With Indiana poised to make another strong NCAA tournament run, Victor Oladipo has a chance to play a large role on a team that will get plenty of exposure, both nationally and in the eyes of NBA scouts. If Oladipo can force defenders to defend him on the perimeter, he has the tools to be a high energy role player in the NBA, and his athleticism and finishing ability could open up doors for an even larger role should he show substantial improvement on his perimeter skills.

#12, Rodney Williams, 6-7, Senior, Small Forward, Minnesota

Having profiled Williams fairly late in the season with a comprehensive scouting report, we've elected to wait and see what type of progress he's made with a fresh perspective in a few months, rather than rehashing many of the same comments made last year based off his 2011-2012 game footage.

#13, Tim Frazier, 6'0.5, Senior, Point Guard, Penn State

Matt Williams

Ranking second in scoring and leading the Big Ten in assists last season, Tim Frazier returns to Penn State to put the finishing touches on a very productive collegiate career. One of the most improved players in the country on paper last season, Frazier took over where Talor Battle left off as the polarizing figure for the 12-20 Nittany Lions as a junior, averaging 18.8 points per-contest, tripling his average from the season before. Likely to place among the most prolific scorers in high-major basketball this season, the rising senior has one last chance to showcase his skills to NBA scouts and carry his team towards the middle of the pack in conference play.

Standing 6'0.5 with a 6'2.5 wingspan, Frazier is a scoring point guard with solid quickness and good speed in the open court. His biggest weakness at the moment is his lack of strength and explosiveness at the rim. His 170-pound frame makes it difficult for him to fight through contact in the lane and he doesn't have the leaping ability to finish over defenders in traffic.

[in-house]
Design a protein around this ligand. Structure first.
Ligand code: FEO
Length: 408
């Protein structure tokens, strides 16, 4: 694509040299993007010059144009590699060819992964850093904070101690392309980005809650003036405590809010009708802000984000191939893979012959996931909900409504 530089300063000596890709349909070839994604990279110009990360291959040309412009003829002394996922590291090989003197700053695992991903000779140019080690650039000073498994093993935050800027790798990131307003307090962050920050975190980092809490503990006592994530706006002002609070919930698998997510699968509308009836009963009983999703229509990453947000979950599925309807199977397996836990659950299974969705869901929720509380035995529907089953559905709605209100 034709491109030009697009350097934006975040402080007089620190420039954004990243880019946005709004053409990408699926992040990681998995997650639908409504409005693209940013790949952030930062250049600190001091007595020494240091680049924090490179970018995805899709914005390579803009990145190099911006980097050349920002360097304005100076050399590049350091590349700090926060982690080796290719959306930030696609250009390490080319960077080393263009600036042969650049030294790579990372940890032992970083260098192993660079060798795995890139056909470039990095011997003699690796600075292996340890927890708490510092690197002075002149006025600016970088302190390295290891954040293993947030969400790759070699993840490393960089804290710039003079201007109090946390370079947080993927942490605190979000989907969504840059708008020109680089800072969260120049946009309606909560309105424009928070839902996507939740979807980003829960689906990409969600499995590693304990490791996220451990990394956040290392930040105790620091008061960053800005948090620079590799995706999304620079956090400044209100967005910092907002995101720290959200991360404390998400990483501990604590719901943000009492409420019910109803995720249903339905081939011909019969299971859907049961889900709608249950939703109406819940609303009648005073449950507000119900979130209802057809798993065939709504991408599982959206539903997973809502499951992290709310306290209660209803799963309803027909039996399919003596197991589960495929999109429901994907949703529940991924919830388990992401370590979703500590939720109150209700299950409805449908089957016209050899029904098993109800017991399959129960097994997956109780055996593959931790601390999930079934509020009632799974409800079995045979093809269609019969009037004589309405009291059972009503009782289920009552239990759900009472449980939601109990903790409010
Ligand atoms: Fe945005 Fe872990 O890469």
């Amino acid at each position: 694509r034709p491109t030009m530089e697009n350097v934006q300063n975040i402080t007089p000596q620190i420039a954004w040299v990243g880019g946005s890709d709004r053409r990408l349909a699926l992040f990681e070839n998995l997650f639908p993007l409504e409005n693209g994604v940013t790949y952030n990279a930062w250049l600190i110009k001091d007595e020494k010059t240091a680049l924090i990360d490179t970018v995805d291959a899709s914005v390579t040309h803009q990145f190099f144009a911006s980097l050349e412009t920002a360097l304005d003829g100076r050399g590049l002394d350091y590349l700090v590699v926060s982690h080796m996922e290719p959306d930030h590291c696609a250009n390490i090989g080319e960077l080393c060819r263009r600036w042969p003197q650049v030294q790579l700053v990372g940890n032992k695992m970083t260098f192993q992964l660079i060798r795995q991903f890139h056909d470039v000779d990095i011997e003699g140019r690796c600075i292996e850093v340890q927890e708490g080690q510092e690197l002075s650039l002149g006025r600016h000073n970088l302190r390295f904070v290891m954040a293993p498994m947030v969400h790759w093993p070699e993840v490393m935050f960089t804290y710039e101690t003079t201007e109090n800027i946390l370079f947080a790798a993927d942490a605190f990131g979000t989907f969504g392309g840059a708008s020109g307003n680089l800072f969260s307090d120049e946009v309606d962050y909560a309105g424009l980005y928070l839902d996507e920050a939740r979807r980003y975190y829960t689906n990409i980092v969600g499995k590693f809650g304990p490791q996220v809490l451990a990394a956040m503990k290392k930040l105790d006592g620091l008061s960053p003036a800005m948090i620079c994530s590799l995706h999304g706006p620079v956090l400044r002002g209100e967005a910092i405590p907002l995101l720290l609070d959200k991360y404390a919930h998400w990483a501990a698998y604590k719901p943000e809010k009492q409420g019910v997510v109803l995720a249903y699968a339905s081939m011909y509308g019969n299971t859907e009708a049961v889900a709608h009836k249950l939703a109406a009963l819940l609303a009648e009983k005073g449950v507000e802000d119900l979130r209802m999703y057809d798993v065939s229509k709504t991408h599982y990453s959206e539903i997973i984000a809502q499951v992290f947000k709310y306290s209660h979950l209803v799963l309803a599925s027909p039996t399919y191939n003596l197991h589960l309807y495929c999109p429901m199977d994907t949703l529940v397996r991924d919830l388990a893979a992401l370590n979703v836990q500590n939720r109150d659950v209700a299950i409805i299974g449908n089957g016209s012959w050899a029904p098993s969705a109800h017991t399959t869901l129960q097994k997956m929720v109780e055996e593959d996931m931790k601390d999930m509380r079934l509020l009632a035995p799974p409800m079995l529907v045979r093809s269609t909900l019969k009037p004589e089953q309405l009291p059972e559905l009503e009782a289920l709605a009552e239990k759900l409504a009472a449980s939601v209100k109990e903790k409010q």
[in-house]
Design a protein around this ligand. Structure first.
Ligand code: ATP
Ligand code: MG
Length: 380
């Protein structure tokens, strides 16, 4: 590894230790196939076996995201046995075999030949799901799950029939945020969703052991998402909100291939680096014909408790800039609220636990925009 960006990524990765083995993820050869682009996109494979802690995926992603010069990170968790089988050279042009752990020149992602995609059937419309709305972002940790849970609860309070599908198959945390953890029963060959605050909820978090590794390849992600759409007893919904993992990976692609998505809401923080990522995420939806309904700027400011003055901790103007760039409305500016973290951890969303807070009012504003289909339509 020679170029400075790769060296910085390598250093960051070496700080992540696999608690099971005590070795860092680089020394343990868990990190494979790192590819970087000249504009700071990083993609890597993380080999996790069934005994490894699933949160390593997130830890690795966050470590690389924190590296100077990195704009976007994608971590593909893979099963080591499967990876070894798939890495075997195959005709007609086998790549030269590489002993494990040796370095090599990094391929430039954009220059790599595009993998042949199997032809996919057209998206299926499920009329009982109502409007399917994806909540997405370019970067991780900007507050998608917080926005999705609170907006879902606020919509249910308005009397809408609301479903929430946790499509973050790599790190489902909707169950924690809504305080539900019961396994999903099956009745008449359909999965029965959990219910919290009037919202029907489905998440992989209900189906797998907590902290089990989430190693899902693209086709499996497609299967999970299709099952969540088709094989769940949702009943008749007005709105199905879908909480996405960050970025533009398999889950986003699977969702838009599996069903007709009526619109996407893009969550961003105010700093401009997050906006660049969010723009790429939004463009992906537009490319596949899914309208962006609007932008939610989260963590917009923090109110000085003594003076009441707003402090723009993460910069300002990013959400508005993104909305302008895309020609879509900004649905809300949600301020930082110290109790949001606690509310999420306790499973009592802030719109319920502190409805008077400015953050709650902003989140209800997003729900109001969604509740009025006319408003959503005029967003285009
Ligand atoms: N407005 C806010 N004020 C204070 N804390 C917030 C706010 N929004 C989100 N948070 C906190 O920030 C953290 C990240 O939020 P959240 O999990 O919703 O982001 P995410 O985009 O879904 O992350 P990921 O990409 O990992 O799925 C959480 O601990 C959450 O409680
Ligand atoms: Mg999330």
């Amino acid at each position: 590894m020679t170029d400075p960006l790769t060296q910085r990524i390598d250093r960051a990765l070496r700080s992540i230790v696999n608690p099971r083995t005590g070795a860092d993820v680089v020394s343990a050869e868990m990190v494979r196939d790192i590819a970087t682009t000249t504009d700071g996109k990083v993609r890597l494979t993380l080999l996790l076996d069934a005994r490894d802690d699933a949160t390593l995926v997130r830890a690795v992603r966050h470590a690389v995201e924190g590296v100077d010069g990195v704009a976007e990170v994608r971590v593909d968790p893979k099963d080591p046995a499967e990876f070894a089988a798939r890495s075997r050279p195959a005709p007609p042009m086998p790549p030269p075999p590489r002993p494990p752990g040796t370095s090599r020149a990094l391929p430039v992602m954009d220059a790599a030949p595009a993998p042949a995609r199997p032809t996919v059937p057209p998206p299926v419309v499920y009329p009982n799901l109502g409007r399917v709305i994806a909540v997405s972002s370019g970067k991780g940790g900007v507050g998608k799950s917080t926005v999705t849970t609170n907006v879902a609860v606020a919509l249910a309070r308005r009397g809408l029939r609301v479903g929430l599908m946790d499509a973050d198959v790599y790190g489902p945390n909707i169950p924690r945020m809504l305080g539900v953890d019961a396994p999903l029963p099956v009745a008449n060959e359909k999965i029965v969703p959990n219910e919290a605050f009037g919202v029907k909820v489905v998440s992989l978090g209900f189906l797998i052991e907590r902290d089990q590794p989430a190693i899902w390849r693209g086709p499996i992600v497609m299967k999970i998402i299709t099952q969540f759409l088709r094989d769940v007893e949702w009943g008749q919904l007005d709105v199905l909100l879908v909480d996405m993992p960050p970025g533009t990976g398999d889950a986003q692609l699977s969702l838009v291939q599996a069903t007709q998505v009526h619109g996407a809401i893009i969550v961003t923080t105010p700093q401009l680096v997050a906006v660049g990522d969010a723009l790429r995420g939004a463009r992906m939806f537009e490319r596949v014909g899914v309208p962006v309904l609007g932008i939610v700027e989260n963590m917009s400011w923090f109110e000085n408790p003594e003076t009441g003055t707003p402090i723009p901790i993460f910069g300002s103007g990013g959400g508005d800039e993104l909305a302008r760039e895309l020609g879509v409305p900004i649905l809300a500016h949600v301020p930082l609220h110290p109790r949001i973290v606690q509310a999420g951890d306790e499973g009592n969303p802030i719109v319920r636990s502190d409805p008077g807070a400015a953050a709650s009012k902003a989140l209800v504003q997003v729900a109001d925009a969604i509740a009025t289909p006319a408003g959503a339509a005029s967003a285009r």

Despite his limitations, Frazier shows the ability to score from all over the court. As both his team's primary scoring threat and ball-handler, the Houston native carries a huge load in Penn State's offense. Every possession it seems he's either running the pick roll, pushing the ball in transition, or creating his own shot one-on-one. Averaging 37.1 minutes per-game, the Nittany Lions go as Frazier goes, his creativity and consistency on a game to game basis play a huge role in their ability to win games.

If there is one thing Frazier shows on a regular basis, it is a degree of creativity and a willingness to accept the challenge associated with lifting his team when his number is called. Playing in one of the best conferences in college basketball, Frazier is the consistent focus of opposing defenses, forcing him to constantly dig into his bag of tricks to keep his team in games. A crafty ball-handler who isn't a blur off the bounce, but who uses changes of speed and direction well on the pick and roll and creates separation with a nice crossover, Frazier is capable of creating his own shot from the perimeter and in the paint when he can find a seem.

Once Frazier has space, he proves to be a capable shooter, albeit not the most efficient one. Like many volume scorers, Frazier's efficiency is limited by the degree of difficulty in the shots he attempts, and his 36.2% shooting on jump shots last year per Synergy Sports Technology seems to belie his fluid release and shooting mechanics.

Unlike Talor Battle, who carried a similar load for PSU a few seasons ago, Frazier is not a prolific three-point shooter, attempting only 2.7 per-game last year. Most of Frazier's shots come from the midrange, where he shows deft touch on his floater and is able to make some circus shots, but tends to struggle when defense collapse around him. Shooting just 46.2% when getting all the way to the rim last season, Frazier compensated to some degree by averaging 6.3 free throw attempts per-game.

As a passer, Frazier averaged 7.1 assists per-40 minute pace adjusted, but does not consistently show dynamic playmaking ability in the lane or when driving and dishing or on the pick and roll. He does, however, do a very good job identifying reading the defense, seeing the open man, and delivering the ball in transition, when defenders cheat to his side of the floor early in an isolation, and when help side defenders arrive late to meet his initial move to the rim. Many of Frazier's mistakes come when he stares down a player in the post or is surrounded by defenders in the paint.